Trump to launch 2020 re-election campaign in Florida
Rally comes amid weak poll numbers suggesting uphill challenge to retain presidency
US president Donald Trump appears in his first 2020 re-election campaign advertisement, as he kicked off his campaign for a second term in the White House. Photograph: Donald J. Trump For President, Inc/Handout via Reuters
US president Donald Trump will launch his re-election campaign on Tuesday in Florida when he holds his first rally of the 2020 presidential season.
Thousands of supporters are expected to attend the event in Orlando, with lines forming outside the arena since late on Monday
“The Fake News doesn’t report it, but Republican enthusiasm is at an all time high,” Mr Trump tweeted on Tuesday. “Look what is going on in Orlando, Florida, right now! People have never seen anything like it (unless you play a guitar). Going to be wild – See you later!”
Mr Trump is due to take to the stage at the Amway center which seats 20,000 people, in Orlando around 8pm. According to the president, there has been more than 100,000 requests for tickets, with organisers building large screens outside the arena to accommodate the overflow.
The rally “looks to be setting records,” he said on Monday. “Our Country is doing great, far beyond what the haters & losers thought possible - and it will only get better.”
Weak poll numbers
But Mr Trump’s appearance comes amid a background of weak poll numbers which suggest that the president could have an uphill challenge to win the election, which is still 17 months away.
The Fake News doesn’t report it, but Republican enthusiasm is at an all time high. Look what is going on in Orlando, Florida, right now! People have never seen anything like it (unless you play a guitar). Going to be wild - See you later!— Donald J. Trump (@realDonaldTrump) June 18, 2019
Only Fake Polls show us behind the Motley Crew. We are looking really good, but it is far too early to be focused on that. Much work to do! MAKE AMERICA GREAT AGAIN!— Donald J. Trump (@realDonaldTrump) June 17, 2019
A Fox News poll released this weekend showed Democratic frontrunner Joe Biden leading nationwide polls at 49 per cent, compared to just 39 per cent for Mr Trump.
It is not the only worrying set of polling numbers for Mr Trump as he begins his campaign for a second term as US president.
According to reports, internal polls commissioned by the Trump re-election campaign in March showed the president trailing Mr Biden in 11 key states, including swing states that Mr Trump narrowly won in 2016.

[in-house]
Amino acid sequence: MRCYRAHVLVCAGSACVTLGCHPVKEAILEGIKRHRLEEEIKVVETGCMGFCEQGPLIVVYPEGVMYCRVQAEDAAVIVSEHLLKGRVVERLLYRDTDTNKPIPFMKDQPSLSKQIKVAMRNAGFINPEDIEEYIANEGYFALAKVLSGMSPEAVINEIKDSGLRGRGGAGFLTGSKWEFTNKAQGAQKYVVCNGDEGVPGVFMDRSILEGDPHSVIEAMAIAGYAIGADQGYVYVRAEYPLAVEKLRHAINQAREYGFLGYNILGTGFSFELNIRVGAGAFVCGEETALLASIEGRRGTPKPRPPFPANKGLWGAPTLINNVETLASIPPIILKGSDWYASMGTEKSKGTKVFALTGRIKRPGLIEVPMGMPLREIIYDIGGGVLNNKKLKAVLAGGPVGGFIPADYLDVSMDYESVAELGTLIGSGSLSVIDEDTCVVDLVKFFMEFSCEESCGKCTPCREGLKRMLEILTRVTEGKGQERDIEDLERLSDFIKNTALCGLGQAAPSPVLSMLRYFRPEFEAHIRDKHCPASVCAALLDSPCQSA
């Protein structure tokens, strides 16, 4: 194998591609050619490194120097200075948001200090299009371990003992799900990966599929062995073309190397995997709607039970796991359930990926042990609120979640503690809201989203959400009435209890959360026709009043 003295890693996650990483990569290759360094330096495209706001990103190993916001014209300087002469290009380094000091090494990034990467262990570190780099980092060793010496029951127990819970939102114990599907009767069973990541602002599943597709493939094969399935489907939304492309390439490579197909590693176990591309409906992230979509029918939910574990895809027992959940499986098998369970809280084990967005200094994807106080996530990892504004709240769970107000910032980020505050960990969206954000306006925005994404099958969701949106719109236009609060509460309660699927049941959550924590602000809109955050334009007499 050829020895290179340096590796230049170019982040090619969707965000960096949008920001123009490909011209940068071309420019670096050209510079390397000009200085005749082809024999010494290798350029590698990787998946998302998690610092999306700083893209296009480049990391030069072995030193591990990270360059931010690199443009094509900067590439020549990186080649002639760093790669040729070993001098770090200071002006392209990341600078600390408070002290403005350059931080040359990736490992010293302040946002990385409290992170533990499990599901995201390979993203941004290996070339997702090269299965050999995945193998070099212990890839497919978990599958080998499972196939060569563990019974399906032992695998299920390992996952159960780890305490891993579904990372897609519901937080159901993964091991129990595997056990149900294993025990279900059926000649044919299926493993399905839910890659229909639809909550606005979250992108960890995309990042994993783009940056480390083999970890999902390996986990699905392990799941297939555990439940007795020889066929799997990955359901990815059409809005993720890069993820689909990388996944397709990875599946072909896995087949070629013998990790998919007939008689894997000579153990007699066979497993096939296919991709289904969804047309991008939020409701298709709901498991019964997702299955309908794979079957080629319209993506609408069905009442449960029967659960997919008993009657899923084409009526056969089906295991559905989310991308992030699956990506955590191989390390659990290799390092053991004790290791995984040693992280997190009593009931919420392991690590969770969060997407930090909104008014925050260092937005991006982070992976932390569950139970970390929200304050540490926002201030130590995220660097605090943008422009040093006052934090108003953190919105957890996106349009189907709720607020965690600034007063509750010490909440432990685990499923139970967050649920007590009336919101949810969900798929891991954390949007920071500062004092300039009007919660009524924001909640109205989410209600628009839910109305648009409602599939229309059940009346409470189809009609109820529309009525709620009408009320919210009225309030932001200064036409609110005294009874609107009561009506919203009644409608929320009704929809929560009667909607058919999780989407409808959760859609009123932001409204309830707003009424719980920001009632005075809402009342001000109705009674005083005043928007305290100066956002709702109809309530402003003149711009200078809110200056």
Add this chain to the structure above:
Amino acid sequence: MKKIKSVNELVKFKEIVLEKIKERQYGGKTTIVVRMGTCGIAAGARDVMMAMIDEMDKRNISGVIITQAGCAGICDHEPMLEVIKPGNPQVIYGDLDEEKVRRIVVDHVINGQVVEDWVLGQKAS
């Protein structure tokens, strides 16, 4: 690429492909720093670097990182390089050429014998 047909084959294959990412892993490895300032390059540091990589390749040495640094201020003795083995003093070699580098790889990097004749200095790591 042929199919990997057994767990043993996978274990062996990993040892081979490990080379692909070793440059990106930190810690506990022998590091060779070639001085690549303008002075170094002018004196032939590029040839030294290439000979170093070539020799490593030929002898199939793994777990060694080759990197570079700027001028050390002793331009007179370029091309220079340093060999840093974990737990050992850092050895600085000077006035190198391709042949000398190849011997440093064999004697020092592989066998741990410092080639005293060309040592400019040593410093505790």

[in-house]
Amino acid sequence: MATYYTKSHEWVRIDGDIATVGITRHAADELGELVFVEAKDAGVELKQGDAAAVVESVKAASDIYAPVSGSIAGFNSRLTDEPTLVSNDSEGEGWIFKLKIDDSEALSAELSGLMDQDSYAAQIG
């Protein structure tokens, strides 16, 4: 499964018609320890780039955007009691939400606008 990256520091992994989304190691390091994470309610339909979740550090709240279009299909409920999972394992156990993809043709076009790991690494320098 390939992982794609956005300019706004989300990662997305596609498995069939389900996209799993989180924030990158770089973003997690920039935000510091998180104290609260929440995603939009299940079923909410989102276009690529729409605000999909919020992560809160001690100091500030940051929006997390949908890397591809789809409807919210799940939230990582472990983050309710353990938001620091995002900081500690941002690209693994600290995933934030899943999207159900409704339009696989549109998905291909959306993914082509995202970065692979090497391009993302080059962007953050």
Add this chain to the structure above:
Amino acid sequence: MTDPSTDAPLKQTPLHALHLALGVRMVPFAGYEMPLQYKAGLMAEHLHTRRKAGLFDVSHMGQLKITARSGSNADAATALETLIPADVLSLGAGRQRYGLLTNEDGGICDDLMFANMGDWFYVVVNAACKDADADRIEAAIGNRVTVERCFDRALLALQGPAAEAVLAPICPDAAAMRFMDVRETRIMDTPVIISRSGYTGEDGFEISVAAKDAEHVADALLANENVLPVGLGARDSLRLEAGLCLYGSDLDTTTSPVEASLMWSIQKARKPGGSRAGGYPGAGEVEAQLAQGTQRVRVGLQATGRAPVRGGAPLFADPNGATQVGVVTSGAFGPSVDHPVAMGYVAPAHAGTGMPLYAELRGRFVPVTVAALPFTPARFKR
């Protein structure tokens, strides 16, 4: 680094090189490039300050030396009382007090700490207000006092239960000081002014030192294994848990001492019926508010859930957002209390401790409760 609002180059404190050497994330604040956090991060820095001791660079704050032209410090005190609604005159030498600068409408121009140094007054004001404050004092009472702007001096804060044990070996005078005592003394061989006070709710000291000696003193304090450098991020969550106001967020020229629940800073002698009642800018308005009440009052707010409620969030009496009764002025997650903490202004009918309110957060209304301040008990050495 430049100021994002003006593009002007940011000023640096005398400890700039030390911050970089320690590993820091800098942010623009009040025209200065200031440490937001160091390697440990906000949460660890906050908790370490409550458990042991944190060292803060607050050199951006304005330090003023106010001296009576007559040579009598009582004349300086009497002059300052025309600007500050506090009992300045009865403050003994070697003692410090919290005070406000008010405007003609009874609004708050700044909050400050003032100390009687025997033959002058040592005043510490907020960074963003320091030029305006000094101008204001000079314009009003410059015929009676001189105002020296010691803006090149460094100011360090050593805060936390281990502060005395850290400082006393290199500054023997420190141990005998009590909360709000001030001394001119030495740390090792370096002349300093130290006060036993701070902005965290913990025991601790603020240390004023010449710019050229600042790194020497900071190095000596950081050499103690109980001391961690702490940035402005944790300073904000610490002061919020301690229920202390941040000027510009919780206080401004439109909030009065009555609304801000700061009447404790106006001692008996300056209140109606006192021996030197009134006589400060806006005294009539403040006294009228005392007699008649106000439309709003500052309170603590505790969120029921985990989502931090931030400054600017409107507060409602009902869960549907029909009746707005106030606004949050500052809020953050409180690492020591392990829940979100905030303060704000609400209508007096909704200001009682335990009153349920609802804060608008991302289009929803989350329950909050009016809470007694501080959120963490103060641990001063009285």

According to ABC News, Mr Biden had a 55-39 lead over Mr Trump in Pennsylvania and a 51-41 lead in Wisconsin, the polls found. Asked by ABC’s George Stephanopoulos about the polling in a wide-ranging interview released this weekend, Mr Trump replied that the polls did not exist.
“Those polls don’t exist. I’m losing in 15 out of 17 states? Those polls don’t exist,” he said. “I just had a meeting with somebody that’s a pollster and I’m winning everywhere, so I don’t know what you’re talking about.”
The apparent leaking of the polling data has prompted the Trump team to fire some of the pollsters used by his re-election campaign.
White House officials did not deny the existence of the polls but noted that they had been conducted in March, before the completion of the Mueller investigation, arguing that Mr Trump’s support has strengthened since then.
Mr Trump challenged the findings of the polls in a tweet on Monday.
“Only Fake Polls show us behind the Motley Crew. We are looking really good, but it is far too early to be focused on that. Much work to do! MAKE AMERICA GREAT AGAIN!,” he tweeted, a reference to his 2016 election campaign slogan.
Tuesday’s event takes place a little over a week before Democrats hold the first debate of the primary campaign over two nights in Miami. The choice of Florida for the two parties is indicative of the outsized role Florida will play in next year’s presidential campaign. With 29 electoral votes the state has long been vital for presidential candidates to win. Mr Trump won the state by 48.6 per cent in 2016 over Hillary Clinton’s 47.4 per cent.